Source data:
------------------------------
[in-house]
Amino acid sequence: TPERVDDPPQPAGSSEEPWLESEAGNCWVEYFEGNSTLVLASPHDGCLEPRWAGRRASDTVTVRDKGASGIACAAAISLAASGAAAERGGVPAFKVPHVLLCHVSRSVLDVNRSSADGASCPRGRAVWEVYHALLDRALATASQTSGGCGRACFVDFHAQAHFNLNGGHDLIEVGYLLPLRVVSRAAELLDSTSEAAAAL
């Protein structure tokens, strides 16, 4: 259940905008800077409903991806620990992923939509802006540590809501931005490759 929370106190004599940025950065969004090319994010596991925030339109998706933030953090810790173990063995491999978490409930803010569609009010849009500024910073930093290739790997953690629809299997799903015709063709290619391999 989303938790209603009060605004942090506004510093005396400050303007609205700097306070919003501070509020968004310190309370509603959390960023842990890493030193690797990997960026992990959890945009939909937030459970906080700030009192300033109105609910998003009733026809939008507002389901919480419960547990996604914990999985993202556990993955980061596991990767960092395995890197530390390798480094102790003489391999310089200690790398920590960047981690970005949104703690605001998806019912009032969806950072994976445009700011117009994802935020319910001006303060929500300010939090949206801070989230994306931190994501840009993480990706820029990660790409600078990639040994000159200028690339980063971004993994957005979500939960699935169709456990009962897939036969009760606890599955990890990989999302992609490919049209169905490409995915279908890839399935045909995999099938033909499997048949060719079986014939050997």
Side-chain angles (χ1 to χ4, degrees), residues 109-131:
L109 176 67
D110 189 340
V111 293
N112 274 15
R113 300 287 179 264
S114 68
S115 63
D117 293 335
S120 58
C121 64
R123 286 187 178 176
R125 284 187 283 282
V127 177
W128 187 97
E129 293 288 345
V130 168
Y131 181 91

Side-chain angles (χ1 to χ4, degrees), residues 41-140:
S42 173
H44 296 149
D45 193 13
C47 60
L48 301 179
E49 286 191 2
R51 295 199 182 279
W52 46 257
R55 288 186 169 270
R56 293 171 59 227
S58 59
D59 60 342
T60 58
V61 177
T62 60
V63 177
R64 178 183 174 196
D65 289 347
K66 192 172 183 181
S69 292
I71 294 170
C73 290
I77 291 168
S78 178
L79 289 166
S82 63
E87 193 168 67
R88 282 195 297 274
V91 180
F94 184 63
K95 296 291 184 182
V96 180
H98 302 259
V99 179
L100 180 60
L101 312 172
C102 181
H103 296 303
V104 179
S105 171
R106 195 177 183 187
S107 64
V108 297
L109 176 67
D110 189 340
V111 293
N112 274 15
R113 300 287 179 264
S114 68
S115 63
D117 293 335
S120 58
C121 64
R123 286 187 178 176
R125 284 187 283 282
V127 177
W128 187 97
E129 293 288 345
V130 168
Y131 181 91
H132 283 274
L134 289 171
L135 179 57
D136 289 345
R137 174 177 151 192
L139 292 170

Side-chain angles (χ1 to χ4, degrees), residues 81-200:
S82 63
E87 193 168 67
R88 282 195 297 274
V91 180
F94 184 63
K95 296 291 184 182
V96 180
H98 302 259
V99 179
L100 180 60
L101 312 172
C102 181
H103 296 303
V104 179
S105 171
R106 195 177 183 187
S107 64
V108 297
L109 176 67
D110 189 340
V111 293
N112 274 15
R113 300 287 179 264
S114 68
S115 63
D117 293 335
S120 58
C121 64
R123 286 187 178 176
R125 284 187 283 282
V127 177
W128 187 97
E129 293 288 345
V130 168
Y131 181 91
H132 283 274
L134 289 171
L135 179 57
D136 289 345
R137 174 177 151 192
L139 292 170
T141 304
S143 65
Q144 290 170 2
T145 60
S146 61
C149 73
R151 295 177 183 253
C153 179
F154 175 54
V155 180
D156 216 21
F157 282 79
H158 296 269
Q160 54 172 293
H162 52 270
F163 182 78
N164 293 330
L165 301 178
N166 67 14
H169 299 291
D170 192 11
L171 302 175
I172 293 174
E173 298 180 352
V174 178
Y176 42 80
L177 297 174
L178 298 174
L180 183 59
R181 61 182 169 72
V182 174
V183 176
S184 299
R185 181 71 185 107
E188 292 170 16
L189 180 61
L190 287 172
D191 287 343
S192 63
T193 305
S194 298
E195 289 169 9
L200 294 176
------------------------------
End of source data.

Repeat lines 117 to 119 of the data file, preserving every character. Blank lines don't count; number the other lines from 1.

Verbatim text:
C121 64
R123 286 187 178 176
R125 284 187 283 282